ETF Spotlight on SPDR S&P Retail ETF (NYSEARCA:XRT), part of an ongoing series. U.S. retail sales were unchanged in August, the Commerce Department said Wednesday. The report was weaker than expected.
Assets: $558.03 million.
Objective: The SPDR S&P Retail ETF tries to reflect the performance of the companies in the retail sub-sector.
Holdings: Top holdings include: Pricesmart Inc (NASDAQ:PSMT) 1.69%, Monro Muffler Brake (NASDAQ:MNRO) 1.37%, Wet Seal (WTSLA)1.37%, Whole Foods Market (NASDAQ:WFM) 1.33% and Autonation (NYSE:AN) 1.30%.
What You Should Know:
- State Street Global Advisors is the provider of the SPDR ETFs.
- XRT has an expense ratio of 0.35%.
- The fund is down 0.23% over the last month, 6.04% over the past three months and 2.04% year-to-date.
- Fund allocations include: Apparel Retail 28.87%, Specialty Stores 14.30%, Automotive Retail 12.97%, Food Retail 9.44%, General Merchandise Stores 7.47%, Department Stores 7.03%, Internet Retail 6.60%, Hypermarkets & Super Centers 5.07%, Computers & Electronics Retail 3.98%, Drug Retail 3.16% and Catalog Retail 1.09%.
- “SPDR S&P Retail is a cyclical play that is highly correlated with consumer spending,” according to Morningstar analyst Robert Goldsborough. “Needless to say, this is not a fund that one would want to own in a period when the economy potentially is facing a prolonged recessionary environment.”
- Morningstar data also points out that more than two thirds of the fund’s underlying index may be categorized as discretionary.
- “While consumer spending may well continue to grow, investors clearly are betting it will stall,” Goldsborough added. “Given still-weak housing prices and continued high unemployment, that possibility certainly can’t be ruled out.”
The Latest News:
- U.S. retail sales were unchanged in August, Bloomberg reported.
- Russ Koesterich, iShares global chief investment strategist, says he continues to hold an underweight view of U.S. retailers as they will be hurt the most if consumption weakens. “So far, consumers have been able to deal with the wage decline by drawing on savings. This can continue for a bit longer but obviously not forever,” he writes at the iShares blog. “The bottom line: Unless wage growth picks up in the near-term, which is unlikely, consumption will have to fall.”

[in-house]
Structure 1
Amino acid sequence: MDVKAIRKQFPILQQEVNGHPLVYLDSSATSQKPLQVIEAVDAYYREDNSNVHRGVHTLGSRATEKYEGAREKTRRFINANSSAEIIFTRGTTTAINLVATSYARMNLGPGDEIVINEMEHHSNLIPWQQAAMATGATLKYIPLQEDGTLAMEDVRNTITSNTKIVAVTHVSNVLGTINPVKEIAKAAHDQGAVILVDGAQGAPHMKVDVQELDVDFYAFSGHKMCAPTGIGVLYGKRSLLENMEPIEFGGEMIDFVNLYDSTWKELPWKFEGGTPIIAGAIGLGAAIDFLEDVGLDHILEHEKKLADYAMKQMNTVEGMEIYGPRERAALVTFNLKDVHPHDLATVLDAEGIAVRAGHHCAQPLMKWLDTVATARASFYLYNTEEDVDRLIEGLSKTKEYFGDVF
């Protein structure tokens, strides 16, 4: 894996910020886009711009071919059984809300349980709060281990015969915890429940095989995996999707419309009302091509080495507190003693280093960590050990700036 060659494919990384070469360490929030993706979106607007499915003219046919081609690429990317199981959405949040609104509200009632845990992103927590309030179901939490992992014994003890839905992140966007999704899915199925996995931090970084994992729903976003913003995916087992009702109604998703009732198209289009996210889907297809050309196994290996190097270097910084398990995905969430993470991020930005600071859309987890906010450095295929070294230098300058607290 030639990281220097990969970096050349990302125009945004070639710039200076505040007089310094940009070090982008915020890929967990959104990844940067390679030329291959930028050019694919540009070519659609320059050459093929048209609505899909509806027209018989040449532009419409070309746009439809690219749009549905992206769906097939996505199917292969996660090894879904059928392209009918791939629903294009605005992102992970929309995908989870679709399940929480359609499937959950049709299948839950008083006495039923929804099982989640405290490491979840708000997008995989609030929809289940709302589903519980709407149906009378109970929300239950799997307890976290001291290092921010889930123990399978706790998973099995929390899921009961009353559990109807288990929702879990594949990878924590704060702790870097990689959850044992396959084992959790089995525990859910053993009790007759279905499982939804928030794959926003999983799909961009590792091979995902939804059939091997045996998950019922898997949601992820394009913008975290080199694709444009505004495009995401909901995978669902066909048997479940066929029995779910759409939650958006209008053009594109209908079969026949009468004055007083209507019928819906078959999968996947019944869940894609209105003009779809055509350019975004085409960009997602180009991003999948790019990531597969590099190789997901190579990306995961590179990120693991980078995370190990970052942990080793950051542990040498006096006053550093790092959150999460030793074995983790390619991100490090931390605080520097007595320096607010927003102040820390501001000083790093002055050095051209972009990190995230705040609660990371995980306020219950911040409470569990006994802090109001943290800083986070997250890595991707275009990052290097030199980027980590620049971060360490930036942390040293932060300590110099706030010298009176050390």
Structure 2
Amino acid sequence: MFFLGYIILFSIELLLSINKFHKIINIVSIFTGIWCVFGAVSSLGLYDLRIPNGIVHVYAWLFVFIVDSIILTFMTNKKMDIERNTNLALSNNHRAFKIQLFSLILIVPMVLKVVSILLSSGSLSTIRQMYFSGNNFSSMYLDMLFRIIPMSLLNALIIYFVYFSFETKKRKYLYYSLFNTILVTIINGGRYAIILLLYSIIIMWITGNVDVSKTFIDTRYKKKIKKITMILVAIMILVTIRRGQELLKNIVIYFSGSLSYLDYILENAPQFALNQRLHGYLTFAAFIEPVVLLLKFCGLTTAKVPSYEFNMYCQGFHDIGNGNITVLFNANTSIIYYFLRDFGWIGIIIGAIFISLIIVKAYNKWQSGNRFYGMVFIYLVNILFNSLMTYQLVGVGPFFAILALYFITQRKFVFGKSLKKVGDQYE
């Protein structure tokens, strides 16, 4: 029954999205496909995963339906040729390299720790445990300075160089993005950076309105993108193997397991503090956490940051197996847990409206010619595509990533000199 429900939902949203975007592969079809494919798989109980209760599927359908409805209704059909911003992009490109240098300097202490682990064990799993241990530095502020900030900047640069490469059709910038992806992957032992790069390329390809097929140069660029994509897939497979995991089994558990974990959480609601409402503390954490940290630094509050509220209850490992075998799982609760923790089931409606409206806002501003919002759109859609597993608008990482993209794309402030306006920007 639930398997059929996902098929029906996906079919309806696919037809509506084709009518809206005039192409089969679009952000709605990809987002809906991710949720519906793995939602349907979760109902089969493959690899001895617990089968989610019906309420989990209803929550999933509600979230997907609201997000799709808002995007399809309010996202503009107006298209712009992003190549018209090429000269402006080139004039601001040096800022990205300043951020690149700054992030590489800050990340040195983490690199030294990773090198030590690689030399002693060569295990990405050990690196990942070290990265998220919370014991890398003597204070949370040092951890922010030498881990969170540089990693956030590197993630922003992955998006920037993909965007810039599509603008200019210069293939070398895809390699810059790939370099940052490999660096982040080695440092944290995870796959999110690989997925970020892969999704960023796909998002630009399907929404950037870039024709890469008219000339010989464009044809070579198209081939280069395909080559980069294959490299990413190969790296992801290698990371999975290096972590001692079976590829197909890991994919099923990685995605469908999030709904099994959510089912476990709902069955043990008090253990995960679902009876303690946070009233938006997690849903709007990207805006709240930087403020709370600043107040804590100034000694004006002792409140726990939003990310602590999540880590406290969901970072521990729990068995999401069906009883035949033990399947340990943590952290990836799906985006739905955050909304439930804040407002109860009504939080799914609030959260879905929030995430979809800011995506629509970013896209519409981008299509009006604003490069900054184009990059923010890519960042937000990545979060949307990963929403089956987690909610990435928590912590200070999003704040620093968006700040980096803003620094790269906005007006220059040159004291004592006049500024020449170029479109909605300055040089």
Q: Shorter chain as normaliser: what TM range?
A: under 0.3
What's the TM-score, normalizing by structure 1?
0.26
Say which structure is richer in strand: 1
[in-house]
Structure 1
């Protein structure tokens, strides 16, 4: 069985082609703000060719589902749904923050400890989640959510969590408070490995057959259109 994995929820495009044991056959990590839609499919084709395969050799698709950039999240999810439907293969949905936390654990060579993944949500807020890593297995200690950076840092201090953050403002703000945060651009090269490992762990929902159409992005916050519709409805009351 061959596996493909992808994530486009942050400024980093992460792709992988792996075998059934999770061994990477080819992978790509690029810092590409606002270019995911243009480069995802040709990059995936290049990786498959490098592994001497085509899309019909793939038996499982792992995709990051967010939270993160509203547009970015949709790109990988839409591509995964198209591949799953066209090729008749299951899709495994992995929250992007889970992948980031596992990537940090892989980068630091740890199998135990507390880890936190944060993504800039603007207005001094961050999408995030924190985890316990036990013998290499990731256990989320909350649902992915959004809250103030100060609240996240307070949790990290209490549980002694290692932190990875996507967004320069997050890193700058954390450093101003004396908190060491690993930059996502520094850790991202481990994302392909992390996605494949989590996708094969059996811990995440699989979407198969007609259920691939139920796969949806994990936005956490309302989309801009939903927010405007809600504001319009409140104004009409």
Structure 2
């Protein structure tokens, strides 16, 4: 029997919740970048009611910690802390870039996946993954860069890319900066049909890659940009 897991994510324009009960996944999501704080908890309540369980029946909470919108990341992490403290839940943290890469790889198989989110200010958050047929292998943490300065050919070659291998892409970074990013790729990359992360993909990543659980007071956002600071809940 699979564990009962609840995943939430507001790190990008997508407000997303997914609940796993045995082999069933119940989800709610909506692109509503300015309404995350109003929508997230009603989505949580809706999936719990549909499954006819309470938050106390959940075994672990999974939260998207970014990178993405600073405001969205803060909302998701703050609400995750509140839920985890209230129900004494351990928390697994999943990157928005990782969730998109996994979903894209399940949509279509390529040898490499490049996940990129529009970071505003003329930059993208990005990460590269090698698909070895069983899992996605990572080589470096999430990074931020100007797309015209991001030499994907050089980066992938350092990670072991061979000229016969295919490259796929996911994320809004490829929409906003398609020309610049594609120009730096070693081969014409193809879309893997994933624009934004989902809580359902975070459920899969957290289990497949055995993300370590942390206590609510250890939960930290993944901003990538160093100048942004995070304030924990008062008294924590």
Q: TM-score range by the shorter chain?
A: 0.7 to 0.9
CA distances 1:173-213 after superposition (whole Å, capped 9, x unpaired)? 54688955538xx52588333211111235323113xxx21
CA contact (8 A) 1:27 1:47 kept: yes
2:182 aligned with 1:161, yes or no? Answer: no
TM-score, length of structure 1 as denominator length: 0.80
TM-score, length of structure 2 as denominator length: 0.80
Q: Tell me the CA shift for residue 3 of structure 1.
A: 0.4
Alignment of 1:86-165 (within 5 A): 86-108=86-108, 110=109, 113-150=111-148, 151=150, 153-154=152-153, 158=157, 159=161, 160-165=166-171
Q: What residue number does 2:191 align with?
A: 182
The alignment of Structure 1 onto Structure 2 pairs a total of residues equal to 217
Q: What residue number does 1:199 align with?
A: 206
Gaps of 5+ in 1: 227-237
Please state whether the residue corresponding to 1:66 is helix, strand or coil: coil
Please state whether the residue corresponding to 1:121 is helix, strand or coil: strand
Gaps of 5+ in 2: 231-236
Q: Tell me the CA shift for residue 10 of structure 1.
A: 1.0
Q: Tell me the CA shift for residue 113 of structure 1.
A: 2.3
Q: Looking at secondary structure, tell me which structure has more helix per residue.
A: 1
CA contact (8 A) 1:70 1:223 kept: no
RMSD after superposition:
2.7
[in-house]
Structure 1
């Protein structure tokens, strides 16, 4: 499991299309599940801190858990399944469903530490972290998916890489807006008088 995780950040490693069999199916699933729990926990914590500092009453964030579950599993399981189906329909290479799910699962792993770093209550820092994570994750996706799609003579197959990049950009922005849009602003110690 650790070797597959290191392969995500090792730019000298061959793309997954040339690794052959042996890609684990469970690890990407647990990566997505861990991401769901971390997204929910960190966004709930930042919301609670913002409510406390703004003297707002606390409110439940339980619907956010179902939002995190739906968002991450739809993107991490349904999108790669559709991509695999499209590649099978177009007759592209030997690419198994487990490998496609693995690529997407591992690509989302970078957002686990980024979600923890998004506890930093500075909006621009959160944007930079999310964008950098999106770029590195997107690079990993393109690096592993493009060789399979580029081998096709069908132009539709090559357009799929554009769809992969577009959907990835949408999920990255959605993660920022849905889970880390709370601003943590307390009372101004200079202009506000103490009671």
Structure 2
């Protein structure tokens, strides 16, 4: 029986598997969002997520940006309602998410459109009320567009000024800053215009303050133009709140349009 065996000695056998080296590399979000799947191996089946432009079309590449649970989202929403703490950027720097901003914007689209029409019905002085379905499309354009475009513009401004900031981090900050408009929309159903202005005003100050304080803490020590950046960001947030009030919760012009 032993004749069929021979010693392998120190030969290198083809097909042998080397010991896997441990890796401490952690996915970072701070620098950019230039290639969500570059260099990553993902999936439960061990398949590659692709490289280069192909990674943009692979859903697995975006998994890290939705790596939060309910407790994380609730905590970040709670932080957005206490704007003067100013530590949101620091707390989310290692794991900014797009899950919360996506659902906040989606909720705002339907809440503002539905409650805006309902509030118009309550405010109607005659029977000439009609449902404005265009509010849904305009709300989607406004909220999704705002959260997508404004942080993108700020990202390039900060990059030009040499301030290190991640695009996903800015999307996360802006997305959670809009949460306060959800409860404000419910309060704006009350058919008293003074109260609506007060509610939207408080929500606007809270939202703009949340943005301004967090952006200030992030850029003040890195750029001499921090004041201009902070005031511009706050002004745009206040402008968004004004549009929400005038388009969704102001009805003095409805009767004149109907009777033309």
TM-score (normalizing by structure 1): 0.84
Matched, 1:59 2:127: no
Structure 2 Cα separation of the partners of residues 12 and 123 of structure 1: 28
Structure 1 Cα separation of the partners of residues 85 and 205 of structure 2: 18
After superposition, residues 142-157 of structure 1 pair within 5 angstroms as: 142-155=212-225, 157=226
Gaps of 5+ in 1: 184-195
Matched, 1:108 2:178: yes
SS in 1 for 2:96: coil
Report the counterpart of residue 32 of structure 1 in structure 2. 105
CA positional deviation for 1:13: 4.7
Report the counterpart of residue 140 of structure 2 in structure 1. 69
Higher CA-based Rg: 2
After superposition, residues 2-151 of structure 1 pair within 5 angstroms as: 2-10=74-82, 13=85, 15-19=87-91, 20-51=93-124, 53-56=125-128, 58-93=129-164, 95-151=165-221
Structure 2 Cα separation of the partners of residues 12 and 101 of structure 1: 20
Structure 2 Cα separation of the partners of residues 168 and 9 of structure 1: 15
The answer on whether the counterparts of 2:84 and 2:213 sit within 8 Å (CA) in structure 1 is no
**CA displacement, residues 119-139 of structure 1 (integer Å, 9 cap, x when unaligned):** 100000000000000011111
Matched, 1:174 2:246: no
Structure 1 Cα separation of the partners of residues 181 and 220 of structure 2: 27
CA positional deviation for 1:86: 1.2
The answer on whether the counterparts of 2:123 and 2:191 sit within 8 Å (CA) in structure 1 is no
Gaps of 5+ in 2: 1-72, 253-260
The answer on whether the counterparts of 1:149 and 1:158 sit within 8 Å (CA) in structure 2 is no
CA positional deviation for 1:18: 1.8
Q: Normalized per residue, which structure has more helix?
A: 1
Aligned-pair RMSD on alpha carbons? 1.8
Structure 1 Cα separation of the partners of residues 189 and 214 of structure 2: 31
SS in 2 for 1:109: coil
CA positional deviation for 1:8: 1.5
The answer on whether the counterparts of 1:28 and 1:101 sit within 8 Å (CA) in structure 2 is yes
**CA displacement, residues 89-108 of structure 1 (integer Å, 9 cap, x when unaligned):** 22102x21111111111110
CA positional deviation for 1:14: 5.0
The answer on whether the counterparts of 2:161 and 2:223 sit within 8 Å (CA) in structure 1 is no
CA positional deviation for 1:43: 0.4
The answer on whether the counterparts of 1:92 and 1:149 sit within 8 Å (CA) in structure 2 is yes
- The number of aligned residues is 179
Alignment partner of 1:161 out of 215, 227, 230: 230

- “August’s retail sales figures will provide the first glimpse of how households responded to the plunge in equity prices at the beginning of the month. We think that sales rose, but only just,” according to a Capital Economics analyst research note, MarketWatch reported. “Coming after a healthy increase in July, though, even a small gain in August would be enough to generate a decent rebound in real consumption growth in the third quarter.”
- “Anecdotal reports suggest that hurricane preparation near the end of the months spurred activity at hardware outlets, grocery stores, drug stores, and discount department stores. Gains in these categories should help to offset softness in apparel and home electronics,” Morgan Stanley & Co. analysts remarked, in the report.
- “Consumers are reluctant to spend on anything outside of what they need,” Sean Incremona, a senior economist at 4Cast Inc., commented, reports Shobhana Chandra for Bloomberg. “Policy support is going to be needed.”
SPDR S&P Retail ETF (XRT)
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Max Chen contributed to this article.